Amid a surge in COVID-19 cases and hospitalizations across the county and state, Stanford reported 15 positive tests among staff members in the past week and no new student cases. The University has also added an additional 1,000 testing spots.
Stanford’s football and basketball teams will not be allowed to practice or host games on campus as a result of more stringent COVID-19 restrictions issued by Santa Clara County public health officials on Saturday amid a surge in coronavirus cases and hospitalizations.
While Stanford has managed to keep the number of positive tests among students and staff relatively low, last week a record-high number of 10 students tested positive for COVID-19.
Despite rising cases and hospitalizations in the county, Stanford is proceeding with plans to provide on-campus housing to first-year, sophomores and transfer students for the winter quarter, which begins on Jan. 11. On Monday, Provost Persis Drell announced Stanford was moving forward with its plans, citing low prevalence rates of COVID-19 on campus.
Stanford is proceeding with its reopening despite increasing COVID-19 case numbers in Santa Clara County.
Repeated calls for Stanford to reevaluate its relationship with the Hoover Institution have been shut down by administrators who underscore the importance of academic freedom. But Hoover scrutiny has risen to a new level during the COVID-19 pandemic, with Hoover fellow and Trump advisor Scott Atlas at its center.
Stanford’s class of 2024 is made up of 52% women and 48% men, coming from 56 different countries and representing all 50 U.S. states. In addition, 20.2% of the class are first generation college students and 9.9% hail from abroad.
On the first morning of the Hoover retreat, President Trump proclaimed on Twitter that the virus “was very much under control,” despite a rising case count. He added, “Stock market starting to look very good to me!” Mere hours before the Hoover briefing, Kudlow said on CNBC that the coronavirus threat had been curbed and “it’s pretty close to airtight.”
This report covers a selection of incidents from Oct. 6 to Oct. 11 as recorded in the Stanford University Department of Public Safety (SUDPS) bulletin.
Local officials said that they are prepared for the November election, which will be conducted almost entirely by mail due to COVID-19.
Dr. Robert Redfield, the director of the Centers for Disease Control and Prevention, was overheard saying that Dr. Scott Atlas, a senior fellow at Stanford’s conservative Hoover Institution and special advisor to President Donald Trump, has been spreading misinformation to the president about the pandemic.
Stanford had initially planned for first-years, sophomores and transfer students to be on campus in the autumn quarter, but later suspended its plans.
An attorney representing Dr. Scott Atlas, a senior fellow at Stanford’s conservative Hoover Institution and White House coronavirus adviser, threatened to file a defamation lawsuit against signatories of a critical open letter that condemned Atlas’ views on COVID-19.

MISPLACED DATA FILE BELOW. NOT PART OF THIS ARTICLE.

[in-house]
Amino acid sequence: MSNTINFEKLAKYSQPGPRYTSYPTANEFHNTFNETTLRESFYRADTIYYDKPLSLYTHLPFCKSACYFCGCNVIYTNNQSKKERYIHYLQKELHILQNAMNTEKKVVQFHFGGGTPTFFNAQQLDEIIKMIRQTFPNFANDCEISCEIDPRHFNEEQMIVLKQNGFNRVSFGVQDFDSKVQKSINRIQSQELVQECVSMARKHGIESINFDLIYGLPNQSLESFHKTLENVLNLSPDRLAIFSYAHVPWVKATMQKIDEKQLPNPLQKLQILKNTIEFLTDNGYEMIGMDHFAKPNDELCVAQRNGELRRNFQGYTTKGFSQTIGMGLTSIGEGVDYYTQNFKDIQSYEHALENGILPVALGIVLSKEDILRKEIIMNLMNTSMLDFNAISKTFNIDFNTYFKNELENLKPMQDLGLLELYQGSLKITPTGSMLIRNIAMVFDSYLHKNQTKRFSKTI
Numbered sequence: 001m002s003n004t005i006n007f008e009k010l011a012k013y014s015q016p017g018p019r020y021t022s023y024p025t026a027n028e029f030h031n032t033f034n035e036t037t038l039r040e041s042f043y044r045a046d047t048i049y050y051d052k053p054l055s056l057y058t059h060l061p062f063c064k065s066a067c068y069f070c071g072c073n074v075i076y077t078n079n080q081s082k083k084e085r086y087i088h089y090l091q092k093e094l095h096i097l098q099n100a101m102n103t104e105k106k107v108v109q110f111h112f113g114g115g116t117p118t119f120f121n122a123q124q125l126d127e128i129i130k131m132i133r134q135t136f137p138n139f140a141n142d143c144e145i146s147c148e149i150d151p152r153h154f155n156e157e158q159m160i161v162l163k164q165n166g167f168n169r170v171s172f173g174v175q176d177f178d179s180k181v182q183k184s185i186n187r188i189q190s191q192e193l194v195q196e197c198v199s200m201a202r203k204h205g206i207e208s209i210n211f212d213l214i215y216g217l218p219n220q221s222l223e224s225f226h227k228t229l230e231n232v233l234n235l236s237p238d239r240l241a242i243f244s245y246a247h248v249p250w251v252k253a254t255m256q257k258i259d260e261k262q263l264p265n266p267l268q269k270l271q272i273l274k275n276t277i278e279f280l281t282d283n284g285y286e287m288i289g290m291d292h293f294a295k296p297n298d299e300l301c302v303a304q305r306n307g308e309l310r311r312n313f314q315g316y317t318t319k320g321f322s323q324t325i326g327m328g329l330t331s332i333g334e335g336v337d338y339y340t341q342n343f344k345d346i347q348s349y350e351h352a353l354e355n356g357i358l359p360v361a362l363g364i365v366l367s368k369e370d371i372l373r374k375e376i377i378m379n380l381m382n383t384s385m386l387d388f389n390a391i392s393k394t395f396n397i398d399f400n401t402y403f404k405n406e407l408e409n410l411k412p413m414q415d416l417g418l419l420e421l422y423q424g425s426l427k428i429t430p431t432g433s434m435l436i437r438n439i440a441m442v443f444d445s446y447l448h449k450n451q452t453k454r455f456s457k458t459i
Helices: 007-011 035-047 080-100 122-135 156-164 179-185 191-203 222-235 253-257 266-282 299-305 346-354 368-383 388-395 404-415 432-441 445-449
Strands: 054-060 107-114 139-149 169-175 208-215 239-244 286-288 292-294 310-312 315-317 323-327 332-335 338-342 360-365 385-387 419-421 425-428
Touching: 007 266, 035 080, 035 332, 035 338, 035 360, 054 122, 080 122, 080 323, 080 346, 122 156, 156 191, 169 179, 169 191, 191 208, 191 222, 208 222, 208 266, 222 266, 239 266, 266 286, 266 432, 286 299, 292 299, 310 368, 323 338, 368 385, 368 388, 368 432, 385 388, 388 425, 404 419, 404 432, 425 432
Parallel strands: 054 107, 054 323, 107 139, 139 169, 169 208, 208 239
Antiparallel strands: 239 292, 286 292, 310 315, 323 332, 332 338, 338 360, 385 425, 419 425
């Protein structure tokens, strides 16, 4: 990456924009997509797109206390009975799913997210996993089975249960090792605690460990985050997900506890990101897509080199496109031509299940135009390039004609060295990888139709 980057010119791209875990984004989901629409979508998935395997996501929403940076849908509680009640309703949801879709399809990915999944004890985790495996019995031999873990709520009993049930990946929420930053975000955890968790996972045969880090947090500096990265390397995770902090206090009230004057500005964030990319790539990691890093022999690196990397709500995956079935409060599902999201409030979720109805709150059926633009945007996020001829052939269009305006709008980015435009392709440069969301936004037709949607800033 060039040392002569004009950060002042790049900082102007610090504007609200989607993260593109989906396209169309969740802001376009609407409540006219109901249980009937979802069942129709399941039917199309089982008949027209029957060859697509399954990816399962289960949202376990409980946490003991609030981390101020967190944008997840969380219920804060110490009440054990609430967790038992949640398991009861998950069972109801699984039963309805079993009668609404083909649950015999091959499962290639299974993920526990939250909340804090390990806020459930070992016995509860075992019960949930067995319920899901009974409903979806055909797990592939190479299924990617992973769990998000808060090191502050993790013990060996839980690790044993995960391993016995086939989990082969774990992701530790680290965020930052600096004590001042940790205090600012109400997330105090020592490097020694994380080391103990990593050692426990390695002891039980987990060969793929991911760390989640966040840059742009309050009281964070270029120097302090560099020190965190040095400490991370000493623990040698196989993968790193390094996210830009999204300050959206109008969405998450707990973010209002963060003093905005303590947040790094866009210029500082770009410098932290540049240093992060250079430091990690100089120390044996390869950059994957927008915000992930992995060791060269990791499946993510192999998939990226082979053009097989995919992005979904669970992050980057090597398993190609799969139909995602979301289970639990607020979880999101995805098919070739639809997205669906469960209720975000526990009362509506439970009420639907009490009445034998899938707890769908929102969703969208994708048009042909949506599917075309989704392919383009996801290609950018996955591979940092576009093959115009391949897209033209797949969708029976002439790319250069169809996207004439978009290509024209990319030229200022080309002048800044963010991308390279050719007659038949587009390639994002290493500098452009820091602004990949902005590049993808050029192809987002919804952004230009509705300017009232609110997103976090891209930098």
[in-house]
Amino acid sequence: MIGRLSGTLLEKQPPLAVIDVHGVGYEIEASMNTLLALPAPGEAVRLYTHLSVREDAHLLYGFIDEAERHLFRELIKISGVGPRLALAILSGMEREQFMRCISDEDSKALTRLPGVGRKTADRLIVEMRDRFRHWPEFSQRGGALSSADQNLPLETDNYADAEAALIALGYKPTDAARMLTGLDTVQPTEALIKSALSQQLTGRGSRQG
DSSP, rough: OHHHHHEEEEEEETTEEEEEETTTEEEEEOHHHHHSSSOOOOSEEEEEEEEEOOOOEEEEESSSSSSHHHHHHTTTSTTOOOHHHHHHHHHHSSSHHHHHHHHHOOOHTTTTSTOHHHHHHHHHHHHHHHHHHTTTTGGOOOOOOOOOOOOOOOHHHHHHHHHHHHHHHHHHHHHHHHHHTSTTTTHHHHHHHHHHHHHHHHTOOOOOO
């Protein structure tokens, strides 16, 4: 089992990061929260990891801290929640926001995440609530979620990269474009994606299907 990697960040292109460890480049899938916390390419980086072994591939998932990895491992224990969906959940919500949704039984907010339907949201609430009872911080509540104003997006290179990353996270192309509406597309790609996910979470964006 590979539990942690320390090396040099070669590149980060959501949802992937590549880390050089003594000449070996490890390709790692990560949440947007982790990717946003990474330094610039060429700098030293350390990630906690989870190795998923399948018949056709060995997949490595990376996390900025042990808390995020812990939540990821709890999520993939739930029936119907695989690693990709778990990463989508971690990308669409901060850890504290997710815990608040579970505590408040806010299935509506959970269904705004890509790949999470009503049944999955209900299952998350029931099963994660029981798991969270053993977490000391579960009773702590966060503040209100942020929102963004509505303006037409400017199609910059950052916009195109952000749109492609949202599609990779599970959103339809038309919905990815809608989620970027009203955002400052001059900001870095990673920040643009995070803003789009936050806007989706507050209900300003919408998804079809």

The University does not plan to establish a community center for undocumented students and students who are Deferred Action for Childhood Arrivals (DACA) recipients, said Senior Associate Vice Provost and Dean of Students Mona Hicks at a Wednesday webinar.
Senator Alain Perez ’23 said that several significant events over the summer spurred the Senate to action, notably the ongoing effects of the pandemic, racial reckoning in the United States following the killing of George Floyd and government policies affecting international and undocumented students.
Stanford physicians and researchers published an open letter to the Stanford University School of Medicine faculty on Wednesday that criticized Hoover Institution Senior Fellow Dr. Scott Atlas’ controversial views on the COVID-19 pandemic, countering his stances with a list of statements on COVID-19 infection and mitigation supported by a “preponderance of data.”
Stanford will indefinitely delay implementation of the campus zones program ID policy, which will require individuals approved to be on campus to visibly display their Stanford IDs. “Civilian Stanford representatives” will enforce the ID requirement.
Stanford University School of Medicine physicians and researchers discussed the latest developments in COVID-19 research, including new information regarding the way the disease impacts children, men, women and nonbinary individuals. The professors warned of a possible “twindemic” and brought attention to prevention strategies for the upcoming flu season in the Aug. 27 COVID-19 town hall. …
Students receiving financial aid at Stanford are typically expected to contribute at least $5,000, with $1,500 coming from summer earnings and $3,500 from employment during the school year.
Stanford is establishing a temporary “campus zones program” that will define access to its main campus, effective Sept. 1. Stanford community members approved to be on campus will be required to visibly display their Stanford IDs when in controlled zones starting on Sept. 8. The temporary zones will be implemented in order to reduce contact…